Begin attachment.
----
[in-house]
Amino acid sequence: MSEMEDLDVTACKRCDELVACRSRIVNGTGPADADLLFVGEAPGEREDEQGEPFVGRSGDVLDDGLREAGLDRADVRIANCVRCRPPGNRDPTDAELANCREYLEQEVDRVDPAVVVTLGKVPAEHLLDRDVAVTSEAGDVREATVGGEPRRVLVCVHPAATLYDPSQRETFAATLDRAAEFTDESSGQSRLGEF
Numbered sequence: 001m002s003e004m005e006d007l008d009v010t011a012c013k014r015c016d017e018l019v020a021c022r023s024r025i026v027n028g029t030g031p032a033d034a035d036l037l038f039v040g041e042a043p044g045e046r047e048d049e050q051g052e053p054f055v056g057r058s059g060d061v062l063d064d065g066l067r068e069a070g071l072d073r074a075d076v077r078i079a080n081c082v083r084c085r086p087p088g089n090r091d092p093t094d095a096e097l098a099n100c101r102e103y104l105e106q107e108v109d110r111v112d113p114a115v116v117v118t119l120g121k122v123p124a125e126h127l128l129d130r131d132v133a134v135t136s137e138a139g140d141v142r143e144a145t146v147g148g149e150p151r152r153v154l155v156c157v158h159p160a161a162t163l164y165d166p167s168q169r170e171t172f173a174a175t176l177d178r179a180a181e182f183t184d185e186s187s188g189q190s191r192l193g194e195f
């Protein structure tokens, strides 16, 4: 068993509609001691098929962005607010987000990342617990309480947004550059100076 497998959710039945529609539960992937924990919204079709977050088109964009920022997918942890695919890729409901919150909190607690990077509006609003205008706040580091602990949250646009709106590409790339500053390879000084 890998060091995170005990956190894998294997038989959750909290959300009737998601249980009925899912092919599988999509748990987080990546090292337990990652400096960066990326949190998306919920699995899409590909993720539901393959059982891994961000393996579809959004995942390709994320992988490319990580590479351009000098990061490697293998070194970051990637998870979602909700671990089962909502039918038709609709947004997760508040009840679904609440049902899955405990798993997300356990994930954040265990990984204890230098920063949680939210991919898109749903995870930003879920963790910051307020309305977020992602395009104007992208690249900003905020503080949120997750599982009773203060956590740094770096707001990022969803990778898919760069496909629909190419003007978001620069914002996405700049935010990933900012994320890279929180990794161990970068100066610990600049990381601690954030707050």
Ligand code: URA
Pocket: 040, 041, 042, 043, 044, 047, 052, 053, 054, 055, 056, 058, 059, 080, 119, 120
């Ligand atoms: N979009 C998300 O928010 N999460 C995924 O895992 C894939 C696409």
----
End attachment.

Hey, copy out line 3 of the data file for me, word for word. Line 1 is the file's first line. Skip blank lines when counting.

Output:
Numbered sequence: 001m002s003e004m005e006d007l008d009v010t011a012c013k014r015c016d017e018l019v020a021c022r023s024r025i026v027n028g029t030g031p032a033d034a035d036l037l038f039v040g041e042a043p044g045e046r047e048d049e050q051g052e053p054f055v056g057r058s059g060d061v062l063d064d065g066l067r068e069a070g071l072d073r074a075d076v077r078i079a080n081c082v083r084c085r086p087p088g089n090r091d092p093t094d095a096e097l098a099n100c101r102e103y104l105e106q107e108v109d110r111v112d113p114a115v116v117v118t119l120g121k122v123p124a125e126h127l128l129d130r131d132v133a134v135t136s137e138a139g140d141v142r143e144a145t146v147g148g149e150p151r152r153v154l155v156c157v158h159p160a161a162t163l164y165d166p167s168q169r170e171t172f173a174a175t176l177d178r179a180a181e182f183t184d185e186s187s188g189q190s191r192l193g194e195f